Pagalpanti Movie Review: The silliest Anees Bazmee comedy of the decade
This film, starring John Abraham, Anil Kapoor and Arshad Warsi, pleads insanity at the get-go
When Martin Scorsese compared Marvel movies to theme parks, he was paying them a compliment. I’m not sure what the American master would make of Pagalpanti, a film that indubitably resembles one of those shopping mall arcades with flouncing clowns, 7D horror houses, and stuffed lions. You might find all this funny, but you might as well visit an actual fairground. There won’t be any animals, or Arshad Warsi making out with a female ghost, but at least cotton candy and carousels are still around.
Cast: John Abraham, Anil Kapoor, Arshad Warsi, Pulkit Samrat, Kriti Kharbanda
Director: Anees Bazmee
Raj Kishore (John Abraham) is a jinxed Londoner who runs scams with Junky (Arshad) and Chandu (Pulkit Samrat). The bumbling trio is hired to do odd, life-threatening jobs for a bunch of gangsters. Saurabh Shukla plays Raja Saheb, a limping lord living with his daughter (Kriti Kharbanda) and brother-in-law (Anil Kapoor as ‘Wifi Bhai’). There are a few more players, including the mama-bhanji duo of Brijendra Kala and Ileana D’Cruz, and the plot tries to connect these tracks with the manhunt for fugitive embezzler Niraj Modi (name mildly changed and drolly caricatured by Inaamulhaq).
Director Anees Bazmee once knew his madcap terrain. More than a decade ago, he churned out comedies like Welcome and Singh Is Kinng — equally inane and scatterbrain works yet exhilaratingly goofy. In 2019, though, he seems content with tooth extraction jokes and driving a delivery truck off a bridge. Several scenes play out as though written on the spot. We bounce abruptly from palatial lawns to narrow streets to mist-shrouded country. The director who could whip up a song sequence at will (using everything from film sets to art galleries as locations) now uses lazy dream transitions to work in a middle-eastern-themed item number. Except the Nirav Modi bit, there isn’t a single original thought, with old crime-comedy tropes like robbing-the-mob-bank and dating-the-mafiaso’s-daughter played up for laughs. When the jokes aren’t funny (which is almost always), they are offensive: Uganda spelled out as ‘U… Gende’ or someone cribbing about farm-loan waivers.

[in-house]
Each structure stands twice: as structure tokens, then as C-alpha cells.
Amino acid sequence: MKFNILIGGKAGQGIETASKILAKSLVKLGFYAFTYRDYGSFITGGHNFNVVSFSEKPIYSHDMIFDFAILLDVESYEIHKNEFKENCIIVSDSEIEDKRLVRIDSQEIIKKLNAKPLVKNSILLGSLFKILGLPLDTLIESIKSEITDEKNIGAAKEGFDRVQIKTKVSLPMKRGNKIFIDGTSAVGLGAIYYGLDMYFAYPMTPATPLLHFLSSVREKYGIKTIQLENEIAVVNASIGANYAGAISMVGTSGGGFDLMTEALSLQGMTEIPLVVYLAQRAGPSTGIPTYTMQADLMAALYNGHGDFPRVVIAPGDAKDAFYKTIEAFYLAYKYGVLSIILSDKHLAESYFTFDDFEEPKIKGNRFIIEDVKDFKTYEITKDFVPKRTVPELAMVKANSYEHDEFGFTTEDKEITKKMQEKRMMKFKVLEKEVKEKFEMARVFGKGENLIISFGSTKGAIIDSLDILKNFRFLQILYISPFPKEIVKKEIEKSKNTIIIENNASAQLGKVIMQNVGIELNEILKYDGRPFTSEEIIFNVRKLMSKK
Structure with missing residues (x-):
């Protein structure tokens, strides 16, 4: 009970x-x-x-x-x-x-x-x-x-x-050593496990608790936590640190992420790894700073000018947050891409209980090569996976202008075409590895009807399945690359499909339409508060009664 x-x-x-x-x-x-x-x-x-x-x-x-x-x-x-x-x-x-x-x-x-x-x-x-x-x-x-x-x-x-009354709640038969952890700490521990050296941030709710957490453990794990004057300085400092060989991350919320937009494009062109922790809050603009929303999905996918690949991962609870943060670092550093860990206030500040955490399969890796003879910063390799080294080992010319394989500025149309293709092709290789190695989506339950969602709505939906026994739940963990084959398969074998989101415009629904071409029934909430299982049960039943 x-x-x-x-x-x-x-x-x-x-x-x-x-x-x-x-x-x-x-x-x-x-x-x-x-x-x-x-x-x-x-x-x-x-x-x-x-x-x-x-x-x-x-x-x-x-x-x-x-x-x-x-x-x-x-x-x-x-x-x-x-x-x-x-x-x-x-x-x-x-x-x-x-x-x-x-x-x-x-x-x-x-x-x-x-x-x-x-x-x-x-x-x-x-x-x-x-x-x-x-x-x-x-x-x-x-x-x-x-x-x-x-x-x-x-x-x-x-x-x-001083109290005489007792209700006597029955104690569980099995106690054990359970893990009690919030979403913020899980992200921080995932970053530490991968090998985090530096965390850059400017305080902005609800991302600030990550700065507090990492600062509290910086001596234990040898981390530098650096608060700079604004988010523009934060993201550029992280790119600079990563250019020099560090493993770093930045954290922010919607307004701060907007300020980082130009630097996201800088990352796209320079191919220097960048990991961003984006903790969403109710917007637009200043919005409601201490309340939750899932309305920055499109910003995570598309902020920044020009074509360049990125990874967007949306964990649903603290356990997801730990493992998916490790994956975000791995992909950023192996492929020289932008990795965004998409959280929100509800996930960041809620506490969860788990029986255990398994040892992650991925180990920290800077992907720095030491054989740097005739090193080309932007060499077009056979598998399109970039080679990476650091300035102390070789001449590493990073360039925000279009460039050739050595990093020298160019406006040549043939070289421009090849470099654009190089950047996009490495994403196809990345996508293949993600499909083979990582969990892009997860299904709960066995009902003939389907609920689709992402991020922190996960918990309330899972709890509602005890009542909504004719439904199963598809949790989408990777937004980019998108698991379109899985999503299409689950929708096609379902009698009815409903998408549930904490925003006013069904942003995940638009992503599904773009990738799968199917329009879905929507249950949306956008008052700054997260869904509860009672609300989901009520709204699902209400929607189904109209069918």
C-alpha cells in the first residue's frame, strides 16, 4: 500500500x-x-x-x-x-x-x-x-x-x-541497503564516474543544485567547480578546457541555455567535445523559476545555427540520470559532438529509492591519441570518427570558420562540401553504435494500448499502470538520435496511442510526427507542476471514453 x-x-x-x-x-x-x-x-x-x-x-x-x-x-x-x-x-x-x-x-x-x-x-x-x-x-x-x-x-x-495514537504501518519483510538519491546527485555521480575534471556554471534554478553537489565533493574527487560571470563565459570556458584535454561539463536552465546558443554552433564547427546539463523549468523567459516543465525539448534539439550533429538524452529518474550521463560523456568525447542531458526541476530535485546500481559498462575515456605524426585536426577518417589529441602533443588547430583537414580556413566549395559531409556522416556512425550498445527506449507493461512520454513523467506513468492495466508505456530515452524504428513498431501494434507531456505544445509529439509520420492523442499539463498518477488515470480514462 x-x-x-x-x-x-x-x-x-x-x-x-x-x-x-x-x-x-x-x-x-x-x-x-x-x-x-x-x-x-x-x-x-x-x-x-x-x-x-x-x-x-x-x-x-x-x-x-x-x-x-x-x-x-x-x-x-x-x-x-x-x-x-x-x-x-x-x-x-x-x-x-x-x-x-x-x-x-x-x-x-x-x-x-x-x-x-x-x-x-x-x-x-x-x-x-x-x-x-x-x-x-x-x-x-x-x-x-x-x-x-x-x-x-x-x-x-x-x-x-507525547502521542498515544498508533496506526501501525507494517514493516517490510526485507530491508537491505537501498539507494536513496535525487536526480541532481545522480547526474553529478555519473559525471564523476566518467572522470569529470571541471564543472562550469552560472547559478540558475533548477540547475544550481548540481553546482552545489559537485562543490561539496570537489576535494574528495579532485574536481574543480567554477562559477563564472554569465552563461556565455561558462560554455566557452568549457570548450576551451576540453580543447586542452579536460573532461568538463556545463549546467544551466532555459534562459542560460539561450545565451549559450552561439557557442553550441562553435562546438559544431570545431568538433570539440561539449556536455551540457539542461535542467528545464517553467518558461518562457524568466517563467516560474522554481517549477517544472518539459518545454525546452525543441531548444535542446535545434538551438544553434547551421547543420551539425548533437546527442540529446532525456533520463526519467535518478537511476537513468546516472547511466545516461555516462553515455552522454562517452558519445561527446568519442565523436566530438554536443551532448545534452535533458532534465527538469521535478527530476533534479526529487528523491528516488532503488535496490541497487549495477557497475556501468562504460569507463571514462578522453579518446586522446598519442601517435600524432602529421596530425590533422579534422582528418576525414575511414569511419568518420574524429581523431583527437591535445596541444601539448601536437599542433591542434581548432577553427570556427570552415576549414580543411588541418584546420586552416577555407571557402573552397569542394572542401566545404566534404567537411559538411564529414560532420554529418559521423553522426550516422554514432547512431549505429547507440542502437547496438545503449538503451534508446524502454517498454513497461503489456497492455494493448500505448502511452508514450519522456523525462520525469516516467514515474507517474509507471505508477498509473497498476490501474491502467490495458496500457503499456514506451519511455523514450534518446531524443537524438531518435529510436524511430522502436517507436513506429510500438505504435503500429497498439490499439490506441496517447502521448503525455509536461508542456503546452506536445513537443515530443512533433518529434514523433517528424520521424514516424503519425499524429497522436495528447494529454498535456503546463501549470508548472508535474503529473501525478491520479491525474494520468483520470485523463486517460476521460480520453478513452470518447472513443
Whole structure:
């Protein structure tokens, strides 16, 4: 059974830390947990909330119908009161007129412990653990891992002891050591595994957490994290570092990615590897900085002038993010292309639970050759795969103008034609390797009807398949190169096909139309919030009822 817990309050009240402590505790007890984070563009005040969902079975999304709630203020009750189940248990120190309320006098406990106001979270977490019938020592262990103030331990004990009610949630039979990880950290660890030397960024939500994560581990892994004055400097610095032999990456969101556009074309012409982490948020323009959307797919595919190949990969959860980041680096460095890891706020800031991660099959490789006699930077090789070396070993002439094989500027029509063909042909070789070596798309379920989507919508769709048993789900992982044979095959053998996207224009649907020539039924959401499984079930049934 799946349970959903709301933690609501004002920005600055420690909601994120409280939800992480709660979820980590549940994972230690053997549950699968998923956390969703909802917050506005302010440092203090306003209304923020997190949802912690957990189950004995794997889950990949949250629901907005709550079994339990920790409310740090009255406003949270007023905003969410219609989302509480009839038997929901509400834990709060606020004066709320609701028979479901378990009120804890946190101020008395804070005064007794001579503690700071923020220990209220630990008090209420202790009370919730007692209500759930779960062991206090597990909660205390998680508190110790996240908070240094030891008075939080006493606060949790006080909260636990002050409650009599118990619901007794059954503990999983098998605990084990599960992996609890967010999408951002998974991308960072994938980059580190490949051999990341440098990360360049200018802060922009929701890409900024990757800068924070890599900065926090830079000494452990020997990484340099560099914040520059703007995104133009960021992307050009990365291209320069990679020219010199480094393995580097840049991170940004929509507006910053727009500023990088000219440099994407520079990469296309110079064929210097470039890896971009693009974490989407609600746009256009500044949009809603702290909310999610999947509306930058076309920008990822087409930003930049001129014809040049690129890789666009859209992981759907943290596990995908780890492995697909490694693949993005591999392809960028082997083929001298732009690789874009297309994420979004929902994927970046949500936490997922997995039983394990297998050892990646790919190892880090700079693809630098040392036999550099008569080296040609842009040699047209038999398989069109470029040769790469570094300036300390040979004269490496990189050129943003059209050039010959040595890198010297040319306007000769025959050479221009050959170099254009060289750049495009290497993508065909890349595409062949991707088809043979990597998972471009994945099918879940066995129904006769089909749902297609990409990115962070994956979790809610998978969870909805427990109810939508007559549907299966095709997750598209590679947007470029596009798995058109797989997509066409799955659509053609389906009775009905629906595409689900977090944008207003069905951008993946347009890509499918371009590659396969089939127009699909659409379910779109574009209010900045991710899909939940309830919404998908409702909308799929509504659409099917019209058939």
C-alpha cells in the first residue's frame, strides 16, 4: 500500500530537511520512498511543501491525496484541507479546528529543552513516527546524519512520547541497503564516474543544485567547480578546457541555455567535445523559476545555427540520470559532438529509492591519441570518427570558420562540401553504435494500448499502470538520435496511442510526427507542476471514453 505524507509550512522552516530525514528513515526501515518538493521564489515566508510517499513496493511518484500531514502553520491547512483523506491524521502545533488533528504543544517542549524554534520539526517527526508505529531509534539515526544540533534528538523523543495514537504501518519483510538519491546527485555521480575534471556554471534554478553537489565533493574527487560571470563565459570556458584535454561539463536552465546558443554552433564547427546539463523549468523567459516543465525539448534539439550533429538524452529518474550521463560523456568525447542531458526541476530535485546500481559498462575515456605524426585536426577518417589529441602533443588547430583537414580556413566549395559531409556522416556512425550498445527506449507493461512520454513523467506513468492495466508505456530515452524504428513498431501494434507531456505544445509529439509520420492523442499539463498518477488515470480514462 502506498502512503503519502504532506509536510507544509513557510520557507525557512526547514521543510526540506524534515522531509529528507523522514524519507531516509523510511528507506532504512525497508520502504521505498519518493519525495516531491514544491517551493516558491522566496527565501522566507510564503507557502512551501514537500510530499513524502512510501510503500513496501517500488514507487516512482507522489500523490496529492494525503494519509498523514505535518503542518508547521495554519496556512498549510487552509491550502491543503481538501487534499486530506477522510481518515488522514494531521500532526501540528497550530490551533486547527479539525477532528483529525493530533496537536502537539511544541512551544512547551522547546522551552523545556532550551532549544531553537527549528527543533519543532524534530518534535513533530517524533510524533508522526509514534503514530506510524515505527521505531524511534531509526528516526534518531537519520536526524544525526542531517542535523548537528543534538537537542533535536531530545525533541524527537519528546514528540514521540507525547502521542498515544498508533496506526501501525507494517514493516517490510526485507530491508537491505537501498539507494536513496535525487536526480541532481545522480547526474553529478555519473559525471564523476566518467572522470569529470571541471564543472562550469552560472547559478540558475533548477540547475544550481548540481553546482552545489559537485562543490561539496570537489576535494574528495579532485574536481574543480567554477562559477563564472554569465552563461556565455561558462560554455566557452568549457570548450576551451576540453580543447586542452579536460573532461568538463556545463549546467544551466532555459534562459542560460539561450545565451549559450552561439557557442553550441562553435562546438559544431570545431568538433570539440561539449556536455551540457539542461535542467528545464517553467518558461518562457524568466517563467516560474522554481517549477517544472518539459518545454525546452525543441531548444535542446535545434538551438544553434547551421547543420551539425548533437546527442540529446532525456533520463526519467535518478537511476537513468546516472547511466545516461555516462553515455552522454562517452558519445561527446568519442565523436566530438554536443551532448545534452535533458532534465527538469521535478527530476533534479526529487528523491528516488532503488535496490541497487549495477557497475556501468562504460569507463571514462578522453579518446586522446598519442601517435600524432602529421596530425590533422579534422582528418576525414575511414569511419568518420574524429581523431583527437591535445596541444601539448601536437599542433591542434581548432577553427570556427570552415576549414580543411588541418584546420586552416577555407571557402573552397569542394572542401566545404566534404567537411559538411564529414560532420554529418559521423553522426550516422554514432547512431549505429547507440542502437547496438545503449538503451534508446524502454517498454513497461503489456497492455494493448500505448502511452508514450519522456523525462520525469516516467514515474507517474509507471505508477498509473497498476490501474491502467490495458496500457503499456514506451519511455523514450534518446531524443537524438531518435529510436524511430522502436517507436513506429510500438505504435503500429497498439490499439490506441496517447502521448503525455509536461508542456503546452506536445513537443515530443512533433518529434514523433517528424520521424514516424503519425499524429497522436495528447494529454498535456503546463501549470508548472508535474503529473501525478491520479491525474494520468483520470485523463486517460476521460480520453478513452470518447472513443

Arshad Warsi can walk into a corporate audit and enliven proceedings. John Abraham, a bit out of touch with comedy, sticks to showing off his wardrobe. And Pulkit Samrat is what remains if you strip a young Salman Khan of all Hello Brother-ish comic grace. Which brings us to Anil Kapoor, playing essentially a Majnu Bhai redux from Welcome but given far less feed to chew. Once, he cracks a joke about a ‘gadha’ (ass), and I was reminded of his infamous — and forever memefied — painting from the 2007 film. It’s also admirable how gamely he commits to Anees’ skits (this is their sixth outing together), though the results have been on a steady downward trod.
With a title like that, Pagalpanti might try to hide behind its professed brainlessness. But it’s a desperate defense at best, not self-aware or honest. There’s nothing lazier than a film pleading insanity at the get-go, barely bothering to make sense of the chaos. Madness, more often than not, leads to intriguing art. It rarely shelters imposters.